The cloud is real. Now what?

Use young lawyers and more thoughts from CIOs moving to the cloud

One of the biggest roadblock to adopting the public cloud for Rich Roseman, former CIO at 21st Century Fox had nothing to do with bandwidth, vendor-lock in or security. It had to do with lawyers. Specifically, old lawyers who couldn’t adapt their contracts to the new world of the cloud.

“If your attorneys are in their 40s, 50s or 60s, you’re hosed,” he said at the eCloud Summit, an event hosted by Actifio in Austin, Texas. He added that younger lawyers still offered hope and recounted a story of a time when he was the CIO of an organization transitioning from PeopleSoft to Concur, a Software-as-a-Service (Saas) provider. The companies spent a year arguing a single point in the negotiations over who would cover the credit monitoring for the roughly 50,000 employees that would need the service should the Concur service experience a security breach.

At that point, Roseman said that he took a look at the cost of covering the employees, which his company already did, and the cost of paying the lawyer for the negotiations for that year and realized that this single point was beyond silly and they just did the deal. But it’s that sort of mentality that can suck the agility out of bringing on a cloud provider if you aren’t careful.

Roseman, who is currently consulting in the industry, also offered other words of wisdom, pointing out that while many CIOs cite security worries as a reason to avoid moving to the cloud, he’s fairly certain that the SaaS vendors and service providers he buys from have better, more hardened security in place than his own internal operations. However, after Roseman went on, I moderated a panel of six CIOs who had a far more pessimistic viewpoint.

Perhaps it was because many of them were in charge of IT operations at major financial institutions, but many of them weren’t moving many of their workloads to the public cloud — and by public cloud, they meant service provider clouds from Verizon or IBM, not Google or Amazon. Michael Simone, managing director and global engineering head at Citi, explained that his organization is a big believer in the benefits of moving to the cloud, so it is building an internal one.

Because of the regulatory environment and concerns about data security — among other issues — Simone can’t take his workloads outside Citi, but the agility and ability to charge particular departments for computing are reasons to implement an internal cloud. Agility came up often on the panel, although it seemed that in many cases, there could be too much agility. John F. Giattino, SVP and Group Technology Manager for Wells Fargo, said that in some cases the IT department found itself moving faster than the compliance department and needed to slow down. Even Mike Kail, CIO at Yahoo, found himself moving faster than the culture the internet giant sometimes was comfortable with.

His advice to the roughly 300 people in the audience was to find ways to change the culture in the business you’re working in so they have business reasons to adopt the cloud. His suggestions included moving from an attachment-based document culture to a real-time collaborative one.

Yet the panel ended on a somewhat optimistic note. Most of the panelists agreed that most workloads would end up in the cloud in five or 10 years with only a few dissenting, mostly for security reasons or because a new technology shift might make the cloud less relevant. Maybe in a decade we’ll be having panels about the shift to decentralized blockchain-based architectures?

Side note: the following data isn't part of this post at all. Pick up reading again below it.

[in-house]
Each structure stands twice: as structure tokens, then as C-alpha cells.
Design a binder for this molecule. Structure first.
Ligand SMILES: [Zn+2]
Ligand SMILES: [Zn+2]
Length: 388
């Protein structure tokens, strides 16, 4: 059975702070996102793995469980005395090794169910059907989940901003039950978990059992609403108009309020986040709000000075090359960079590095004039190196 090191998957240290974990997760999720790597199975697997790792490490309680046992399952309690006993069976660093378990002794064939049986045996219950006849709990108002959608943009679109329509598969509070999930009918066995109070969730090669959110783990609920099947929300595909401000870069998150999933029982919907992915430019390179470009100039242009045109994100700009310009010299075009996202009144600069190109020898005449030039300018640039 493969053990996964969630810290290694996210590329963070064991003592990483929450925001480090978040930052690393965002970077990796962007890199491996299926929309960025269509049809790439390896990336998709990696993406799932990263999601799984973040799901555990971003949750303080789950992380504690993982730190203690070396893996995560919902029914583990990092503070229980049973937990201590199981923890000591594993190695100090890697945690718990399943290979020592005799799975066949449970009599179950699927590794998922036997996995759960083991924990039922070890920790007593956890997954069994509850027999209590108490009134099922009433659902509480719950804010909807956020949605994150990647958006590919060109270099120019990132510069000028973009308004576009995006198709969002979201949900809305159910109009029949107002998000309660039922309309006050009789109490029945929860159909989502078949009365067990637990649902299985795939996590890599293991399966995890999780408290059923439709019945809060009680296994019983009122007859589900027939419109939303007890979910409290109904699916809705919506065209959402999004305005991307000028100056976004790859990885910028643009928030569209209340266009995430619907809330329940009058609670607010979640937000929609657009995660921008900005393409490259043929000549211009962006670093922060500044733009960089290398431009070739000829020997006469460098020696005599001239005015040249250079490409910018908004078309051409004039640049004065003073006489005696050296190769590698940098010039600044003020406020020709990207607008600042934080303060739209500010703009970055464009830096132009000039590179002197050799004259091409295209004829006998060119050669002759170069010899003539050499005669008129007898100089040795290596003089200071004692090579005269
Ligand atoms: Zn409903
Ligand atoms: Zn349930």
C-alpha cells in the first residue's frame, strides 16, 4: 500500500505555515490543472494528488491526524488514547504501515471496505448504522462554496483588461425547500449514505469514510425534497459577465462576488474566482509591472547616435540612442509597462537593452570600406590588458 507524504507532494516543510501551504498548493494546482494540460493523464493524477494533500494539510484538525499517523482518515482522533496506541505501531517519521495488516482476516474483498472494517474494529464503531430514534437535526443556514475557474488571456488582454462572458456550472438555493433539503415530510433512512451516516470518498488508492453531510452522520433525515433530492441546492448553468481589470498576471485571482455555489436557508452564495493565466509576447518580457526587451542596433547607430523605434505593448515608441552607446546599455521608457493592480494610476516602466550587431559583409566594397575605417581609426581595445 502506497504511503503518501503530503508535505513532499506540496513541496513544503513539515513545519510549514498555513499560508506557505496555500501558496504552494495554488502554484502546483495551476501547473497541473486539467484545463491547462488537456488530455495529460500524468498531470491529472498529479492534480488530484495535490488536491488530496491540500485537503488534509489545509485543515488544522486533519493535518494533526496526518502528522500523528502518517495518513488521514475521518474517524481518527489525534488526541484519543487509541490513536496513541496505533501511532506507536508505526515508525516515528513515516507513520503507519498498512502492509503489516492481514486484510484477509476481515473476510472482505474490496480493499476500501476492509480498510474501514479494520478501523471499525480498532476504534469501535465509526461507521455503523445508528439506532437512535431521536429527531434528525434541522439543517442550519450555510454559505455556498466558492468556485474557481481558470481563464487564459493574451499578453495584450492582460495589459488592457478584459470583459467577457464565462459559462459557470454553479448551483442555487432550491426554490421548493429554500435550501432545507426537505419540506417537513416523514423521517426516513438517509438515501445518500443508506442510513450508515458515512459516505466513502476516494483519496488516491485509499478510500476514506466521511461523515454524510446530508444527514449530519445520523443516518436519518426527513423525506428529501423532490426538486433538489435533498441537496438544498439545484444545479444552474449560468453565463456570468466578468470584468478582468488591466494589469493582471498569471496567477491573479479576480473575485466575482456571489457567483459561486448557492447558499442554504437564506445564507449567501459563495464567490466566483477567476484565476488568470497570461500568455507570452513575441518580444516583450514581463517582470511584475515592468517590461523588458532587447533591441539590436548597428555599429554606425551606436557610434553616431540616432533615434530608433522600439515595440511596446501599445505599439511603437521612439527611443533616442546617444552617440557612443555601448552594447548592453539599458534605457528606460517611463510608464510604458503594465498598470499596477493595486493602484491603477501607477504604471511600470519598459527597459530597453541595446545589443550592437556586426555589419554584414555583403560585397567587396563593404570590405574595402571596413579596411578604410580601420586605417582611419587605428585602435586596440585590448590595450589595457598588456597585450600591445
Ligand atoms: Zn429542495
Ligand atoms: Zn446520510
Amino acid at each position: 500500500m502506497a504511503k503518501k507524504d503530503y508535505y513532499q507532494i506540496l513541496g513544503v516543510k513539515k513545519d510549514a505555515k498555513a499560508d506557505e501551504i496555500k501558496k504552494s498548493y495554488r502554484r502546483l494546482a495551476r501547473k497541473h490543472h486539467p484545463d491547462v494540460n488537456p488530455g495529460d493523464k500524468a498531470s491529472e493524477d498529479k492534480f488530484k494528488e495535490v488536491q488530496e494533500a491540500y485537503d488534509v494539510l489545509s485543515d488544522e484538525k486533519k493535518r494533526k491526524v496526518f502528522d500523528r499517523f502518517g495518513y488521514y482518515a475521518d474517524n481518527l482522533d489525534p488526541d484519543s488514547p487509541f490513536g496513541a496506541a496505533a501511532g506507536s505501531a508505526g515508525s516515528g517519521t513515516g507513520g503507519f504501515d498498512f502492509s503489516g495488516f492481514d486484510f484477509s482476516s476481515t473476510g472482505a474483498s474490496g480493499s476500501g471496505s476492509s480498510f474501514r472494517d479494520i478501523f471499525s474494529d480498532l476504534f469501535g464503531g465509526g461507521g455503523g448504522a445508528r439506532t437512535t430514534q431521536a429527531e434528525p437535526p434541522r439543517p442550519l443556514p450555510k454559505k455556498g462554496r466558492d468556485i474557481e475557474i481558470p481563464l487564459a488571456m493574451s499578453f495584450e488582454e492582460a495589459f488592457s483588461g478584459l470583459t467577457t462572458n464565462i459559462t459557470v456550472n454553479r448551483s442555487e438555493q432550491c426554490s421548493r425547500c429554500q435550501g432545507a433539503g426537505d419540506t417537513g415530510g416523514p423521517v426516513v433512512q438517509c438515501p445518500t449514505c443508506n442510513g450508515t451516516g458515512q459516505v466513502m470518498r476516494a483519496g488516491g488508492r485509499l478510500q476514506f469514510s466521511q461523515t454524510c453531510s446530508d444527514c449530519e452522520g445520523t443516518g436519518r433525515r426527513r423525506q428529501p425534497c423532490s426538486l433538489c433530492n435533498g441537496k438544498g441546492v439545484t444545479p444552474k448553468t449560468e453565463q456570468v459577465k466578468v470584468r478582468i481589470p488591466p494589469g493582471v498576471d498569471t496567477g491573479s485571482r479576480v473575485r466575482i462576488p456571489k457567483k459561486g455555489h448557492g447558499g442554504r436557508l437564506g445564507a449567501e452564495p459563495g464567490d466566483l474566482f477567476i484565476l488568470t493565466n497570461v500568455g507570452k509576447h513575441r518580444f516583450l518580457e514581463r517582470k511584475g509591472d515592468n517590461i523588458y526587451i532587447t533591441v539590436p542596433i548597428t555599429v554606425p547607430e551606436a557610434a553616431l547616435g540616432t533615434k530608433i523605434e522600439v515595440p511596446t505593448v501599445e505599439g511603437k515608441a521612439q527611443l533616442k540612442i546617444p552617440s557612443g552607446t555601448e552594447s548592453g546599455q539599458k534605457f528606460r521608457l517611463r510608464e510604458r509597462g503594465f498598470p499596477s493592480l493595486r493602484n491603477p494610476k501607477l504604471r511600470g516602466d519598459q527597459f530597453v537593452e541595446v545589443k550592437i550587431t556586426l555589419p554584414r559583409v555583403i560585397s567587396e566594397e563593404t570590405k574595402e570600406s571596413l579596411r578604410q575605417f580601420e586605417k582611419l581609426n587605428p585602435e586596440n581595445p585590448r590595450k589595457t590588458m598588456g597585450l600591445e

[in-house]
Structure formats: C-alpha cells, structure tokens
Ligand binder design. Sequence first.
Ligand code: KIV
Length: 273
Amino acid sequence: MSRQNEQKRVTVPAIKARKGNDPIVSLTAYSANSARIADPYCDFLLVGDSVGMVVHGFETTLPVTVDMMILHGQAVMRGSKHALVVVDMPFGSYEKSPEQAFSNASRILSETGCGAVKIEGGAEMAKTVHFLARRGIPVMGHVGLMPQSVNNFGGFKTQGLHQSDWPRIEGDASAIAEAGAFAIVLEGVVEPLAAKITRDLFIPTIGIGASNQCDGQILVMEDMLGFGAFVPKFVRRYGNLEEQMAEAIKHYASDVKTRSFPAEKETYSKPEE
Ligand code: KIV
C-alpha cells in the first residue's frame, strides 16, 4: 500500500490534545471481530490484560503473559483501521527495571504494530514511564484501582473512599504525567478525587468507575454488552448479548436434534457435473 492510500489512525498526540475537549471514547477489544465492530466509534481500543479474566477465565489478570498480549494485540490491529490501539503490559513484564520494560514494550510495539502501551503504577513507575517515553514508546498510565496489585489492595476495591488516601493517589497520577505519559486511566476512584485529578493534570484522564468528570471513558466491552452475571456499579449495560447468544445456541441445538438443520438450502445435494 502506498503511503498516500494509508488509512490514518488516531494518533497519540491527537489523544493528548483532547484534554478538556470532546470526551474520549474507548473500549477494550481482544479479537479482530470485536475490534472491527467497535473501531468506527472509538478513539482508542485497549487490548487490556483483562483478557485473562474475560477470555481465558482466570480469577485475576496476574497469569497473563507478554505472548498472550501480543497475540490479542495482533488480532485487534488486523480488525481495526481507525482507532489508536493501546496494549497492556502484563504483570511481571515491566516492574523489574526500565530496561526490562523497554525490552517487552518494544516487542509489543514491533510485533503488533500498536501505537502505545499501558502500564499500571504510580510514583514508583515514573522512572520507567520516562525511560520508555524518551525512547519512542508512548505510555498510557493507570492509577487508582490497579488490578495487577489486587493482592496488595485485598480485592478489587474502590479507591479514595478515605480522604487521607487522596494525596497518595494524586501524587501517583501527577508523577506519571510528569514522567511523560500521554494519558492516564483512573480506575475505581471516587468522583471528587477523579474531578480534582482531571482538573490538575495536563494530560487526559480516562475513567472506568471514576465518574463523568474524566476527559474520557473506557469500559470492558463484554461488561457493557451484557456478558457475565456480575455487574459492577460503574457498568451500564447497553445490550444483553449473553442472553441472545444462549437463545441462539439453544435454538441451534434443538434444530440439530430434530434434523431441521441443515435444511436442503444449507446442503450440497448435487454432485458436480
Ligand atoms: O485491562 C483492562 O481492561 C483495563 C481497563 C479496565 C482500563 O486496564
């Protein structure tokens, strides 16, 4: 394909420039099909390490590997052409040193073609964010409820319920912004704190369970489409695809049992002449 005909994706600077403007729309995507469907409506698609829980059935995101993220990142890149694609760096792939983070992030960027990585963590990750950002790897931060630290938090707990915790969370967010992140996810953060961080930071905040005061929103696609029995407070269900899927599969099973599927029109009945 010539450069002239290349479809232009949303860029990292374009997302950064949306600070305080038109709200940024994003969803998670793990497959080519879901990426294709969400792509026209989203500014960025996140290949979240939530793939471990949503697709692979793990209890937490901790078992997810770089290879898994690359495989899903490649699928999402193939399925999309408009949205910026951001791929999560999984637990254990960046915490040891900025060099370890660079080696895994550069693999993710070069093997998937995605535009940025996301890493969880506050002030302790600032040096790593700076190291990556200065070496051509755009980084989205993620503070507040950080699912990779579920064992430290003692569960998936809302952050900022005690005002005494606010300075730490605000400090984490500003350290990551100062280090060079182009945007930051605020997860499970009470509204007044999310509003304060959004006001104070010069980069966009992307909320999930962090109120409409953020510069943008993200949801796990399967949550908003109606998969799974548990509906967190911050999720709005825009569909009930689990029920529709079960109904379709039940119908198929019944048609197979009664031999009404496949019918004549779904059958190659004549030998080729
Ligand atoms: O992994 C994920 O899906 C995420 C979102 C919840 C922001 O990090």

2 Responses to “Use young lawyers and more thoughts from CIOs moving to the cloud”

  1. ewalsh5

    Legacy professional are not ‘wrong’ .. but they just often tend to be averse to risk-taking. (which is fine for a govt. agency but not necessary for private, cut-throat competitive market). Cloud computing is just the latter kind. Besides, the turf war at CXO level must cease to exist over ownership of data. Information and digital data needs to work hand in hand with financial management for business transformation as a whole (bit.ly/1zFmK6Q), and CIOs are as important a cog as any, in terms of visibility and knowledge of both tech and business aspects – commenting on behalf of IDG and Red Hat

  2. As a 40 year old attorney working for a big technology company, I have to say I disagree with Mr. Roseman’s statement about preferring young attorneys. I’ve met plenty of young attorneys who know how to use cloud-based services, but don’t understand anything about the legal issues surrounding use of those services. It’s not age that determines whether an attorney is going to be effective in this area, but instead understanding of technology and experience in advising their clients on and negotiating these kinds of contracts. Furthermore, his example of the attorney wasting a year on a single issue really has nothing to do with age and has everything to do with poor lawyering. When it became clear the term was a sticking point, his attorney should have sat down with him and helped him analyze the various options and the associated risks. In my experience, younger (i.e., less experienced) attorneys are much more likely to make this kind of mistake out of fear of giving something up that could turn out later to be important (which in itself is an indication of an attorney’s unfamiliarity with the space), looking weak in the eyes of their clients, or making a mistake a law firm partner would later spank them for. My advice to CIOs is to seek out attorneys (either in-house or at law firms) who have experience in modern technology and specialize in technology transactions and develop relationships with their attorneys so that the attorneys develop a good sense of the CIO’s business and priorities.